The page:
To store an application, it's necessary to know which files to store. There's no easy way of knowing this from looking at the application itself, so each stored application must have an associated application description file. This serves the same purpose as the application boundary in DVB-HTML applications: to identify what files are part of the application and which are not.

In this case, the application description file is an XML file that is contained in the base directory of the application it describes. The application description file must have a name in the following format:

where oooooooo is the organisation ID of the application, in hexadecimal format (padded to eight characters by leading zeroes, if necessary) and aaaa is the application ID, also in hexadecimal format and padded with leading zeroes if necessary.

The DTD for the application description file is provided in the MHP specification, and so I won't cover it here in too much detail.

The evolution of MHP 1.1

MHP 1.0.x has remained a relatively static specification, apart from bug-fixing activities. While a large number of bugs were fixed in MHP 1.0.2 and MHP 1.1.3, these did not affect the basic APIs in any major way. The same cannot be said of MHP 1.1.x.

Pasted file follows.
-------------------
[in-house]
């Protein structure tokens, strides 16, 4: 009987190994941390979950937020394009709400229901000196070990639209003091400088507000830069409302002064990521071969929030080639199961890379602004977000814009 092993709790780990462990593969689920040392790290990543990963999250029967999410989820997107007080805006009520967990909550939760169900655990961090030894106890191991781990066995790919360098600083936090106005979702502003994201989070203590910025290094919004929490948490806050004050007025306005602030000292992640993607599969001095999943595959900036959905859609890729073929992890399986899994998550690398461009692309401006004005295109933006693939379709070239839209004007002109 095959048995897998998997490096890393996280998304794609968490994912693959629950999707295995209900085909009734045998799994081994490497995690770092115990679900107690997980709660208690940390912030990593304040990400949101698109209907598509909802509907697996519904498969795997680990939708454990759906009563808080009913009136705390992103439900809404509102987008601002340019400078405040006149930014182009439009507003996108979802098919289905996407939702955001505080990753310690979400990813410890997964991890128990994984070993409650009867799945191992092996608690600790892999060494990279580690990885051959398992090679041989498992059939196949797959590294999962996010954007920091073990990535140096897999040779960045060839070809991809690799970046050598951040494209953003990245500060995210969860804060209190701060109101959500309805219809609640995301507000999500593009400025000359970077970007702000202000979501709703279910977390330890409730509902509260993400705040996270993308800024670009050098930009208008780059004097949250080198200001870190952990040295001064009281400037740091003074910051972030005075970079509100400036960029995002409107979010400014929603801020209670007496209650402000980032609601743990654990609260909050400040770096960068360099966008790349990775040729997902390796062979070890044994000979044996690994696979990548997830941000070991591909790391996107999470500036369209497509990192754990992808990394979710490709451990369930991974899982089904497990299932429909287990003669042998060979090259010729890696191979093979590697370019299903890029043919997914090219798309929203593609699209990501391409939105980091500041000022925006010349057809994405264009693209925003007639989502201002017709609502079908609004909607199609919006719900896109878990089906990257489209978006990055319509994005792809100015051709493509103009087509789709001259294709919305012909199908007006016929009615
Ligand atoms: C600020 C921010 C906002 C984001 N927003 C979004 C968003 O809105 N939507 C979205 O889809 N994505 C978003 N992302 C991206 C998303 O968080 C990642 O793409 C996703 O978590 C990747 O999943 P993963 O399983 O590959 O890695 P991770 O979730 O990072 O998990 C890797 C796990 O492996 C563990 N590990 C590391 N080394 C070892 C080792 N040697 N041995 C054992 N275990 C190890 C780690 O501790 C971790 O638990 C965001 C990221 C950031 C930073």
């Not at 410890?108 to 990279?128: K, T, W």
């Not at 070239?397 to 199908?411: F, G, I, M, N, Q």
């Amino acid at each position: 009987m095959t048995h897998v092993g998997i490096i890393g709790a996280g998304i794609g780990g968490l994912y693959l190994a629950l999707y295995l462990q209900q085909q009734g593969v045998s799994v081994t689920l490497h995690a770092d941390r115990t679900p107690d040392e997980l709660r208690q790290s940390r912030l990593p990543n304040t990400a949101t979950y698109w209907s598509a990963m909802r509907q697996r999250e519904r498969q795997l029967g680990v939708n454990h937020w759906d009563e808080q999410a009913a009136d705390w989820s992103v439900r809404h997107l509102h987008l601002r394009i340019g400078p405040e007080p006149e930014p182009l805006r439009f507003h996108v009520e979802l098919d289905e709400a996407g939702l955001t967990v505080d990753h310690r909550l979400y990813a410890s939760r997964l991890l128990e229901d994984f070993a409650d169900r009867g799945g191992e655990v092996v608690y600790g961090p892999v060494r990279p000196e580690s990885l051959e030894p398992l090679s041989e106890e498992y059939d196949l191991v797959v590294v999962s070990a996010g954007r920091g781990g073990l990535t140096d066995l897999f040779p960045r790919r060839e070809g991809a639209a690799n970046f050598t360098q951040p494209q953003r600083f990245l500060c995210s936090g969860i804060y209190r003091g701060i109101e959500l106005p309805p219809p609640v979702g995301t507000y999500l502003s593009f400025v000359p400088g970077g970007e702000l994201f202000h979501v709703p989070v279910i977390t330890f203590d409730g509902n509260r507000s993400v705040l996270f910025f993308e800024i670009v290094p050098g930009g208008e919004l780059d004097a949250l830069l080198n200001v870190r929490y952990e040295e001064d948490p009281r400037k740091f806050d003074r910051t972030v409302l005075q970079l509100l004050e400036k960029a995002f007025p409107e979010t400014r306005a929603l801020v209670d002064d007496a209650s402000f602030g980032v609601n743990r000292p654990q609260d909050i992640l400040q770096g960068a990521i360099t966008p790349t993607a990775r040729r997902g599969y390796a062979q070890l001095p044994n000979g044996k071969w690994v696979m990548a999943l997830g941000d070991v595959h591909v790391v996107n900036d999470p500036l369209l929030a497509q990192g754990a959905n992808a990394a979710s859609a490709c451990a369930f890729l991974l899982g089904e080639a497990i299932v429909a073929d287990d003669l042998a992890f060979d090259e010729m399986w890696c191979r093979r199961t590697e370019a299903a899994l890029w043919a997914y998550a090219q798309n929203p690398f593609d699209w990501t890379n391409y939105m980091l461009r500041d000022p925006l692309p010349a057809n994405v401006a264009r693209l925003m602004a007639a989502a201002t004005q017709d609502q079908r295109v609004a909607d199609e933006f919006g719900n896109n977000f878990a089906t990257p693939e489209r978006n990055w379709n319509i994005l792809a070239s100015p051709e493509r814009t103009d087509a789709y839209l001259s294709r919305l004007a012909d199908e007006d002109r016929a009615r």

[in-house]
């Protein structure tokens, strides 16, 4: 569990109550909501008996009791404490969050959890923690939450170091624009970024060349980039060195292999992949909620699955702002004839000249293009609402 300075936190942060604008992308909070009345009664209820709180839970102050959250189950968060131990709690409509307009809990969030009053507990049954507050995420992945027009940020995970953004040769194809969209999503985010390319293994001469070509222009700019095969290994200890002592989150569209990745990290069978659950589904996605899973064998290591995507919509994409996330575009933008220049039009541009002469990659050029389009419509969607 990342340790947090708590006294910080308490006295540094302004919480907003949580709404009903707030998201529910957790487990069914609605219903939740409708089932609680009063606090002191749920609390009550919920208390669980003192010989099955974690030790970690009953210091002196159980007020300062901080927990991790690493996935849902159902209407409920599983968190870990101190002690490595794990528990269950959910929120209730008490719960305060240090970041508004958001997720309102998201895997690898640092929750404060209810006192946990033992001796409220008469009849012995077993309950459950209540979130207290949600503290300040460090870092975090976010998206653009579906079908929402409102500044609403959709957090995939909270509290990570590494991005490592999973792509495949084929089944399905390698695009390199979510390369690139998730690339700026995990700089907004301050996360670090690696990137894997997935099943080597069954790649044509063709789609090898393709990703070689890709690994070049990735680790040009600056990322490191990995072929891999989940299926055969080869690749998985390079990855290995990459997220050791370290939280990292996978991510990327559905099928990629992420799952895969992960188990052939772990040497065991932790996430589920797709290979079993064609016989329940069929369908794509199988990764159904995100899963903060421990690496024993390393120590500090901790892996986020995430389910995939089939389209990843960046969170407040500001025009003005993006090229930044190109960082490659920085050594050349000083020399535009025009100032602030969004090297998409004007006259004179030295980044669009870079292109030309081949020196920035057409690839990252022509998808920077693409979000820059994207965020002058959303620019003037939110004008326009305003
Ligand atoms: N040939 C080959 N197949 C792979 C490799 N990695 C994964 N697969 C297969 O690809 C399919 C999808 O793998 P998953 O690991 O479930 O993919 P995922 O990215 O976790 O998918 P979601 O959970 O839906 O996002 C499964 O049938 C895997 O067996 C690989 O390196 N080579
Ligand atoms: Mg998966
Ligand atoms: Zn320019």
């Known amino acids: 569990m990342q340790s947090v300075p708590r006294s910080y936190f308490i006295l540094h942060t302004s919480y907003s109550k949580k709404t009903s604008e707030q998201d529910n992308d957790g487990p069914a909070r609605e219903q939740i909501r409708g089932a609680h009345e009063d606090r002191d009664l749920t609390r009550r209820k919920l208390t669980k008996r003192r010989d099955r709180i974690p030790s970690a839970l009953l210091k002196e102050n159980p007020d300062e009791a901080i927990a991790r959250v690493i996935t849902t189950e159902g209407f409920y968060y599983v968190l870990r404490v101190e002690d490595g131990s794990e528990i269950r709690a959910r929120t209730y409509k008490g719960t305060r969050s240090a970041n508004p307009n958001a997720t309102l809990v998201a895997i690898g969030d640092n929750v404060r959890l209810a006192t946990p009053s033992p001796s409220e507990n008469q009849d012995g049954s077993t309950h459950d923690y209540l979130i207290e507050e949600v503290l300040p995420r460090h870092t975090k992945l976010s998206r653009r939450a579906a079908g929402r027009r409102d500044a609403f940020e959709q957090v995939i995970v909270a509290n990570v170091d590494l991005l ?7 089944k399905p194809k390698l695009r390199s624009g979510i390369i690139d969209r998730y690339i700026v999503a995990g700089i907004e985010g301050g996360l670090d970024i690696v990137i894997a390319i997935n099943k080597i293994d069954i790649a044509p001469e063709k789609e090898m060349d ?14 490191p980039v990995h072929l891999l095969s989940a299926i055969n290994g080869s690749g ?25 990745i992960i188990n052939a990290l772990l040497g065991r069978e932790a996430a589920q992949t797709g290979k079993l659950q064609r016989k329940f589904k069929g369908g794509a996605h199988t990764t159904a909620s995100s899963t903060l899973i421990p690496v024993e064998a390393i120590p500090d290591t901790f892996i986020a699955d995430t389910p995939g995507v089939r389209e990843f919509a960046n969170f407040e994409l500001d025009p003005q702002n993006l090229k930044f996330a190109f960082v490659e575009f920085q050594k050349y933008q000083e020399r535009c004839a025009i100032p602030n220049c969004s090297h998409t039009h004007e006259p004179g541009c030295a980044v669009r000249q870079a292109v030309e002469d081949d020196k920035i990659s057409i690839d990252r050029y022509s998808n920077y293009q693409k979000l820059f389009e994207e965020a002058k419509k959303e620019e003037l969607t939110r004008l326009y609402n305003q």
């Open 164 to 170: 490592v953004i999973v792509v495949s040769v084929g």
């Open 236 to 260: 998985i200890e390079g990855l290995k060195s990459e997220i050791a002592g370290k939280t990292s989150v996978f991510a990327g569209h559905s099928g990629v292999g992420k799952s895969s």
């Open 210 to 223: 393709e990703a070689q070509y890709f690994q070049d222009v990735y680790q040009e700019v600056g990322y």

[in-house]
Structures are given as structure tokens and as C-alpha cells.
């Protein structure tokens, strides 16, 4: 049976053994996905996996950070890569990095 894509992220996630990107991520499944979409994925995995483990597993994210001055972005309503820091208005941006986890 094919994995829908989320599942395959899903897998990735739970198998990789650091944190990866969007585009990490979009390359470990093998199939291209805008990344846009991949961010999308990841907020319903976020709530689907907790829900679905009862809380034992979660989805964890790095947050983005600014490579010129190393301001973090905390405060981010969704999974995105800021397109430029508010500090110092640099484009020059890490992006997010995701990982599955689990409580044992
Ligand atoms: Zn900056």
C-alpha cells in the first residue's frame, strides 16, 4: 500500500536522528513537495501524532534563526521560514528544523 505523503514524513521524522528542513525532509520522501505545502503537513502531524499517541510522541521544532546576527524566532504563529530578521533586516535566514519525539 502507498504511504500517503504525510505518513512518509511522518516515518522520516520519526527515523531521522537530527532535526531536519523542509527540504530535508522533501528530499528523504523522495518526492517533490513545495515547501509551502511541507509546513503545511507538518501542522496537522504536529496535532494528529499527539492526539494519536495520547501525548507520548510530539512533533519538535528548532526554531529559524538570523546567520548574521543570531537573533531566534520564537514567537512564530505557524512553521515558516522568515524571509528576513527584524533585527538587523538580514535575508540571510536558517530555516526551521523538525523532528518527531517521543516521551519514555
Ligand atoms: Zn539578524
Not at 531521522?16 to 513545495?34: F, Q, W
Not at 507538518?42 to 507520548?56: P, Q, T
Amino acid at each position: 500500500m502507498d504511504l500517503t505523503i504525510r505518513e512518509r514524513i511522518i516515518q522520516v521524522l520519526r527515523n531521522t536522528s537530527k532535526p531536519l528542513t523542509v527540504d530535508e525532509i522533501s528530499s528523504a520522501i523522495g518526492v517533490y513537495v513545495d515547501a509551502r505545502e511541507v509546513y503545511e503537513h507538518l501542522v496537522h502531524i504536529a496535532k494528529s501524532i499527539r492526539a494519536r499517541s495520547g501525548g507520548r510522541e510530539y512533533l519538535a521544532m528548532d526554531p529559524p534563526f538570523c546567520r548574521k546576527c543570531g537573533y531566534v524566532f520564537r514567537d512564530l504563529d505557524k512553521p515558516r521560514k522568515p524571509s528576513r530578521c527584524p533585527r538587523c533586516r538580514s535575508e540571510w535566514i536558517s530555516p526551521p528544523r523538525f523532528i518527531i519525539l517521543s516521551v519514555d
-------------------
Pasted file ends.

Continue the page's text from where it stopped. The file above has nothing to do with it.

The baseline MHP 1.1 specification had a number of bugs, and since most of the effort has been focussed on MHP 1.0.x these bugs have often not been addressed. When you add the complexitry of the new MHP 1.1 features, there is a lot of untested and highly complex elements that are new in MHP 1.1. The MHP committee tried to fix some of the worst of these bugs in MHP 1.1.1, by integrating bugfixes from MHP 1.0.2 and 1.0.3. Unfortunately, none of the new MHP 1.1 features were addressed.

MHP 1.1.2 is an attempt to fix some of these, but it goes much further than that. MHP 1.1.x is still not deployed anywhere, and so it's generally regarded as a blank slate when it comes to making changes. This is very evident in MHP 1.1.2, where the original MHP 1.1. smart card API is completely replaced, and several new APIs are added. While this breask backwards compatibility with previous versions of MHP 1.1.x, this is not a problem when there are no deployments to be backwards compatible with.

These changes are likely to be even more far-reaching in time. There is a good chance that DVB-HTML will be replaced with a new HTML platform that is compatible with that defined in the ACAP specificaiton. Much more thought has gone in to ACAP's HTML support than went in to MHP's (because HTML is a more important part of the DTV picture in the USA), and so it makes sense to harmonize around the platform that has been most thoroughly discussed. Again, this is not a big problem since DVB-HTML has not yet been deployed int he real world.

The lack of a test suite for MHP 1.1.x means that there is not yet any truly 'official' version of the standard (despite three versions being published), which makes these kinds of changes more likely and also contributes to the lack of interest in deploying MHP 1.1.x. Until a test suite is available and the ambiguities in the specification have been ironed out, expect these kinds of changes to continue in MHP 1.1.x.

Further reading

White paper from the BBC on MHP 1.1